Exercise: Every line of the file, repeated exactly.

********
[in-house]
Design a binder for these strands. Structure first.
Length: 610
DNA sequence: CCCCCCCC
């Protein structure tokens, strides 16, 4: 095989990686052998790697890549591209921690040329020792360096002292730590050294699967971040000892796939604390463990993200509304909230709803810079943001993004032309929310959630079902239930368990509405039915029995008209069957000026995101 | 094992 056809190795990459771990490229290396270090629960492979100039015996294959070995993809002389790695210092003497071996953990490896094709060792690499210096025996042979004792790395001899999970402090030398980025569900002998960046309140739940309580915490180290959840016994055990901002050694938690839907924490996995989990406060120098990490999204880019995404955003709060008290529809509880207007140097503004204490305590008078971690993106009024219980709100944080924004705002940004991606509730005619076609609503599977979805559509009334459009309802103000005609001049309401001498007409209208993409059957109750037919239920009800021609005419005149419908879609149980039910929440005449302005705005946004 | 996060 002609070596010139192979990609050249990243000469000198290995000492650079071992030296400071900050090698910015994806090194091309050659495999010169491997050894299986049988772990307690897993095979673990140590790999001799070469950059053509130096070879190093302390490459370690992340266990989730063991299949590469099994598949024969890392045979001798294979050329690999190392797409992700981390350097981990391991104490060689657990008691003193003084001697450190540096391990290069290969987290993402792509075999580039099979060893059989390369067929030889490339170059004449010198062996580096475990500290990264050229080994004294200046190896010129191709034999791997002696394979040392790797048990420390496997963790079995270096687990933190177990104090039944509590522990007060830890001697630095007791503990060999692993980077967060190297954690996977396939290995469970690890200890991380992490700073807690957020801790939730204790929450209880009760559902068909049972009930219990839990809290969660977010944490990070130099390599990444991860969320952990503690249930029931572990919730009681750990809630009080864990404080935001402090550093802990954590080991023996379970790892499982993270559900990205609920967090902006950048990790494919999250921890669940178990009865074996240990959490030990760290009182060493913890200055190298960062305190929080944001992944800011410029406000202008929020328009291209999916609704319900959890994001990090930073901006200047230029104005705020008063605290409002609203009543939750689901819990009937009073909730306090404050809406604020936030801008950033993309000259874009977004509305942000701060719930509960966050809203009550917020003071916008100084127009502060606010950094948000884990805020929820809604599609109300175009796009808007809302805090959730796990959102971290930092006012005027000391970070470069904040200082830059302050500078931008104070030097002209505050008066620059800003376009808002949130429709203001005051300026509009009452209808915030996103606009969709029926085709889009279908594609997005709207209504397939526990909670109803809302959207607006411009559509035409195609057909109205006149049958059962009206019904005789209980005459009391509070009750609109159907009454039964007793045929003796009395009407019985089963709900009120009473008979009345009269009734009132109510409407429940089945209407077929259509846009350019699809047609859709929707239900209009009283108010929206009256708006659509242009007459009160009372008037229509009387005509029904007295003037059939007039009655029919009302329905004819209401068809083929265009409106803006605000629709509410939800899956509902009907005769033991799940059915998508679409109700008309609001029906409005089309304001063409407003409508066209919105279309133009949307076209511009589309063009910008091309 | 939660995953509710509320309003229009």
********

[in-house]
Design a binder for these strands. Structure first.
Length: 610
DNA sequence: CCCCCCCC
């Protein structure tokens, strides 16, 4: 095989990686052998790697890549591209921690040329020792360096002292730590050294699967971040000892796939604390463990993200509304909230709803810079943001993004032309929310959630079902239930368990509405039915029995008209069957000026995101 | 094992 056809190795990459771990490229290396270090629960492979100039015996294959070995993809002389790695210092003497071996953990490896094709060792690499210096025996042979004792790395001899999970402090030398980025569900002998960046309140739940309580915490180290959840016994055990901002050694938690839907924490996995989990406060120098990490999204880019995404955003709060008290529809509880207007140097503004204490305590008078971690993106009024219980709100944080924004705002940004991606509730005619076609609503599977979805559509009334459009309802103000005609001049309401001498007409209208993409059957109750037919239920009800021609005419005149419908879609149980039910929440005449302005705005946004 | 996060 002609070596010139192979990609050249990243000469000198290995000492650079071992030296400071900050090698910015994806090194091309050659495999010169491997050894299986049988772990307690897993095979673990140590790999001799070469950059053509130096070879190093302390490459370690992340266990989730063991299949590469099994598949024969890392045979001798294979050329690999190392797409992700981390350097981990391991104490060689657990008691003193003084001697450190540096391990290069290969987290993402792509075999580039099979060893059989390369067929030889490339170059004449010198062996580096475990500290990264050229080994004294200046190896010129191709034999791997002696394979040392790797048990420390496997963790079995270096687990933190177990104090039944509590522990007060830890001697630095007791503990060999692993980077967060190297954690996977396939290995469970690890200890991380992490700073807690957020801790939730204790929450209880009760559902068909049972009930219990839990809290969660977010944490990070130099390599990444991860969320952990503690249930029931572990919730009681750990809630009080864990404080935001402090550093802990954590080991023996379970790892499982993270559900990205609920967090902006950048990790494919999250921890669940178990009865074996240990959490030990760290009182060493913890200055190298960062305190929080944001992944800011410029406000202008929020328009291209999916609704319900959890994001990090930073901006200047230029104005705020008063605290409002609203009543939750689901819990009937009073909730306090404050809406604020936030801008950033993309000259874009977004509305942000701060719930509960966050809203009550917020003071916008100084127009502060606010950094948000884990805020929820809604599609109300175009796009808007809302805090959730796990959102971290930092006012005027000391970070470069904040200082830059302050500078931008104070030097002209505050008066620059800003376009808002949130429709203001005051300026509009009452209808915030996103606009969709029926085709889009279908594609997005709207209504397939526990909670109803809302959207607006411009559509035409195609057909109205006149049958059962009206019904005789209980005459009391509070009750609109159907009454039964007793045929003796009395009407019985089963709900009120009473008979009345009269009734009132109510409407429940089945209407077929259509846009350019699809047609859709929707239900209009009283108010929206009256708006659509242009007459009160009372008037229509009387005509029904007295003037059939007039009655029919009302329905004819209401068809083929265009409106803006605000629709509410939800899956509902009907005769033991799940059915998508679409109700008309609001029906409005089309304001063409407003409508066209919105279309133009949307076209511009589309063009910008091309 | 939660995953509710509320309003229009």